4. If you send out a Christmas letter then focus on the positives of the treatment process and use the letter to tell them what you need to hear from them this coming year. The reality is no one knows what to say and often say nothing in order to not say the wrong thing. So include a little paragraph that says something like this:
      “I know the C word makes everyone nervous and afraid. Thank goodness Cancer is not contagious and you can’t transmit it by talking about it. Do not be afraid to ask me, “How are you doing?” Don’t be afraid to ask me, “Do you want to talk about it?” Or “What do you need?” I have good days and bad days and often times I don’t know what I need but it feels good to be asked. And what I need to hear from you most is: “I don’t know what to say or ask, but I am wanting you to know you are important to me, what can I do?”
  5. If you love shopping, go off times when everyone else is at work.
  6. Listen to great Christmas music and if you get bored or teary with it, then switch to music you really love. Don’t be afraid of your tears. Tell your journal how you are feeling and what you are experiencing.
  7. Watch holiday movies. Go to a play or live performance.
  8. Get outside. Bundle up and walk around the block or drive to a park. A change of scenery always feels good.
  9. If you are too weak to drive have someone take you to see Christmas lights.
  10. Buy an adult coloring book to color in as the days turn into weeks and weeks into months. Coloring can be a useful and fun activity that keeps your mind from worrying so much.
  11. Drink tea. It is a wonderful healing ritual.
  12. Wear your favorite and most comfortable clothes.
  13. And if you are traveling for the holiday on trains or airplanes consider wearing a mask in addition to keeping hands clean to help protect from others’ germs. These are not full-proof measures but the extra steps to help.
  14. And, best of all, give yourself permission to NOT do anything you don’t want to do. If you hate wrapping presents, switch to gift bags only. If you hate cooking, order your holiday meal. Pamper yourself.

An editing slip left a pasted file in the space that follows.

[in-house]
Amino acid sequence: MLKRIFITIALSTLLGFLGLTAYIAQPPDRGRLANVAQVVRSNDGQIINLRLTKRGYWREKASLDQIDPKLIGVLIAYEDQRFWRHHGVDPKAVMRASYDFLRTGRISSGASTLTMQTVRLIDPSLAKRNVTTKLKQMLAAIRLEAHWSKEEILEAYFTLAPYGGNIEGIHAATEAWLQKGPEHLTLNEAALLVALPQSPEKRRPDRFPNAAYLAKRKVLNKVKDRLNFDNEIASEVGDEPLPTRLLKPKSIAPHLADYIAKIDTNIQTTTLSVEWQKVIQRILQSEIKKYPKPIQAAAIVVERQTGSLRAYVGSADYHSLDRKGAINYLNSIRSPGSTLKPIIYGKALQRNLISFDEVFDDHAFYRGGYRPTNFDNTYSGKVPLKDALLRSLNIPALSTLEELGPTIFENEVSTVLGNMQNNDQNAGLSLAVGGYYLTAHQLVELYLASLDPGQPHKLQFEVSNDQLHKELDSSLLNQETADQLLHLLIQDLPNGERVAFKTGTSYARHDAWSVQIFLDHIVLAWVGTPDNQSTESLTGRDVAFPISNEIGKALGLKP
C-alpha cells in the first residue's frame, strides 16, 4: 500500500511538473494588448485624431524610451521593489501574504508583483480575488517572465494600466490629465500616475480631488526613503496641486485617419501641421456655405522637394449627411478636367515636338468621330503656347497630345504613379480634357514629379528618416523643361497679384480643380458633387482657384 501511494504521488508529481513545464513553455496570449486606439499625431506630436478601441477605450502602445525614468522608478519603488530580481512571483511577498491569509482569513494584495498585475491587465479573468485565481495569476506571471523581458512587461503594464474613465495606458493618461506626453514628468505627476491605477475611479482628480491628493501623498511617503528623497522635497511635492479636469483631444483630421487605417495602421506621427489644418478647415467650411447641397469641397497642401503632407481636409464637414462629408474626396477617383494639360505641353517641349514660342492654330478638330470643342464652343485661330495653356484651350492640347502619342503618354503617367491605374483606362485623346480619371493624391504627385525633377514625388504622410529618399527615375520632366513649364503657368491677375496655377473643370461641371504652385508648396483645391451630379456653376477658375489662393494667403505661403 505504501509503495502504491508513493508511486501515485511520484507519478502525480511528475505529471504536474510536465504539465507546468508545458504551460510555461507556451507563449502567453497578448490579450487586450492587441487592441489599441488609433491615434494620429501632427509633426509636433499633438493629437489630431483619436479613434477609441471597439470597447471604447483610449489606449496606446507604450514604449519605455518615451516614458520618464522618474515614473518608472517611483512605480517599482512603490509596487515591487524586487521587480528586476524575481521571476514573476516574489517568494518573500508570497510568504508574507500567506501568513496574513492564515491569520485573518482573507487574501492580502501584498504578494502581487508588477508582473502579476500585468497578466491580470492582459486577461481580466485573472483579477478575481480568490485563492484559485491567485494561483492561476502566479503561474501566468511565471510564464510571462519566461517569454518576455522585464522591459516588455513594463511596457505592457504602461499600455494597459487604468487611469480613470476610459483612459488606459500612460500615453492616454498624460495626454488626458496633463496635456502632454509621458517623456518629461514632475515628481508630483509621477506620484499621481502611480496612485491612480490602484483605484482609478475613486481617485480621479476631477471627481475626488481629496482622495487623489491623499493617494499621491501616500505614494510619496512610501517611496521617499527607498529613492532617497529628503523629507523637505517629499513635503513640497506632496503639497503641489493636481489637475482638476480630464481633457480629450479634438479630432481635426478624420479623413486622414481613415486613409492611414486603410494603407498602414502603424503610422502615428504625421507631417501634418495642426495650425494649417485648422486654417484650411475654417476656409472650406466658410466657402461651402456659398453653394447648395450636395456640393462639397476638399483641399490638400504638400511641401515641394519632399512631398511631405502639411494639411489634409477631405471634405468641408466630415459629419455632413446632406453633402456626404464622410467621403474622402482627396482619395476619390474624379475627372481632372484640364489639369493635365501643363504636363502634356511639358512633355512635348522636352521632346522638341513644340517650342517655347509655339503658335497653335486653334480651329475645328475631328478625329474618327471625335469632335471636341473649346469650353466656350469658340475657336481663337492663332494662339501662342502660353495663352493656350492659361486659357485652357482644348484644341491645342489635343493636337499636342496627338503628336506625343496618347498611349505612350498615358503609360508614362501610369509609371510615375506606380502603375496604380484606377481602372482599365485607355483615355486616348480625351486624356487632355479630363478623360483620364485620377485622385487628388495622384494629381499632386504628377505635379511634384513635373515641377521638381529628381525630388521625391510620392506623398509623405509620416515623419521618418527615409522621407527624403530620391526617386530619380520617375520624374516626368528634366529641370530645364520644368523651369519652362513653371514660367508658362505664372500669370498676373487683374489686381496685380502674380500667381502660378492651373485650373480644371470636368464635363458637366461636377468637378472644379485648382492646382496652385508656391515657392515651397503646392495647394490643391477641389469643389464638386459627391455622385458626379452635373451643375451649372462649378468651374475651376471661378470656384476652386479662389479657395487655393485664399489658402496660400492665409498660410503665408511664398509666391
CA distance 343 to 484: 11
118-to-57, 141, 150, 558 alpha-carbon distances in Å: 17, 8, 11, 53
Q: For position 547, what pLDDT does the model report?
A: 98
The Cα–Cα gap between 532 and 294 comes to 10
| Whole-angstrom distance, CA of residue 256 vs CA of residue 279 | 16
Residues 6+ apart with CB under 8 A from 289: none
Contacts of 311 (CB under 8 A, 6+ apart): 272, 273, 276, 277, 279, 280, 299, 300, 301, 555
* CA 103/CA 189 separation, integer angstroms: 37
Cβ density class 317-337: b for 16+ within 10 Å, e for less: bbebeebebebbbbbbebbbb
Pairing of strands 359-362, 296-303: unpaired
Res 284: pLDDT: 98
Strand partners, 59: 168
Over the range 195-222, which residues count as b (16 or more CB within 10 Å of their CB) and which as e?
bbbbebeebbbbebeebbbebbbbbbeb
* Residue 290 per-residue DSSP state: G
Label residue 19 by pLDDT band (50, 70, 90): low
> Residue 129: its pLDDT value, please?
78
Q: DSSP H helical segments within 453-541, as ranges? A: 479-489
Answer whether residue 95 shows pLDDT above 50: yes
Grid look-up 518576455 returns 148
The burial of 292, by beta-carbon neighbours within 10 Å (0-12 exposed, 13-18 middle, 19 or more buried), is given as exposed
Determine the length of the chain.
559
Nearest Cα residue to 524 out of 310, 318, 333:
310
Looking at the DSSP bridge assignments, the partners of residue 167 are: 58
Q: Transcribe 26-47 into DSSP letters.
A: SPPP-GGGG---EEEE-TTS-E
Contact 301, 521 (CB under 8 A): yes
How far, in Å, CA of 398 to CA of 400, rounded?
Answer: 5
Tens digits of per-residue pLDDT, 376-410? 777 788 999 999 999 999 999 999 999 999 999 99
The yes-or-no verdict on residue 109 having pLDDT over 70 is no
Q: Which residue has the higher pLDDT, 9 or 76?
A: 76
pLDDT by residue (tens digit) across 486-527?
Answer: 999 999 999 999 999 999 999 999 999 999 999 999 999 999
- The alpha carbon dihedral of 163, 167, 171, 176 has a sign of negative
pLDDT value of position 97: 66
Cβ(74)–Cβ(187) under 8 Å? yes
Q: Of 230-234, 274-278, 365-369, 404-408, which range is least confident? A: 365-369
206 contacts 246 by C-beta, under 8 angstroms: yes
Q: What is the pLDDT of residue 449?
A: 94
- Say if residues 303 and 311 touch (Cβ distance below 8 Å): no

Create new memories for next year. Having cancer is a real bummer but do not let it control you and your mood. You are still alive right now and use this time to make the most of it with your loved ones. None of us are immortal. We will all die. We do not get a choice about that. But we do get a choice about how we live and what we create while we are here. Never allow self-pity to steal your joy. Find something to enjoy every day. Give back. Call a friend who is down and cheer him/her up. Look for ways to make a positive difference in the lives of people around you. You may have cancer but that does not mean your entire identity has changed. Don’t let cancer own you. Live your life the best possible way and get determined to enjoy this Holiday Season regardless. Turn up that music now!

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Dr. Robin B. Dilley’s Books:

Dr. Robin B. Dilley, author of In A Moment’s Notice: A Psychologist’s Journey with Breast Cancer is a licensed psychologist in the State of Arizona. Her eclectic practice allows her to cross diagnostic barriers and meet clients in their need assisting them to respond to life in healthy and empowering ways rather than react to life’s circumstances.

New Self-Help Book For A Positive Future

“Writing Your Way to Healing and Wholeness” offers a map from one’s past to successful, fulfilled present!

Robin B. Dilley, PhD releases ‘Writing Your Way to Healing and Wholeness’ that explores one’s past to understand their actions and launch their way to a positive and fulfilled future with her new self-help book. “Writing Your Way to Healing and Wholeness” (published by Balboa Press) expounds on the power of journal writing in addressing issues and inspires readers to tell their own success story.

Writing Your Way to Healing and Wholeness” provides reflective questions and writing pages that help readers dig deeper into the themes in their life. It is a book for the curious; with a hands-on approach designed to take the reader into the heart of their childhood and lead them on the path out to a healthier lifestyle in the present.

“Everyone has a family with good and bad traits. Identifying those messages is the first key to integrating and resolving present day bad habits that you have been wanting to ditch for years,” Dilley points out. “I want readers to experience their own resilience and celebrate their strengths moving forward with hope and courage.”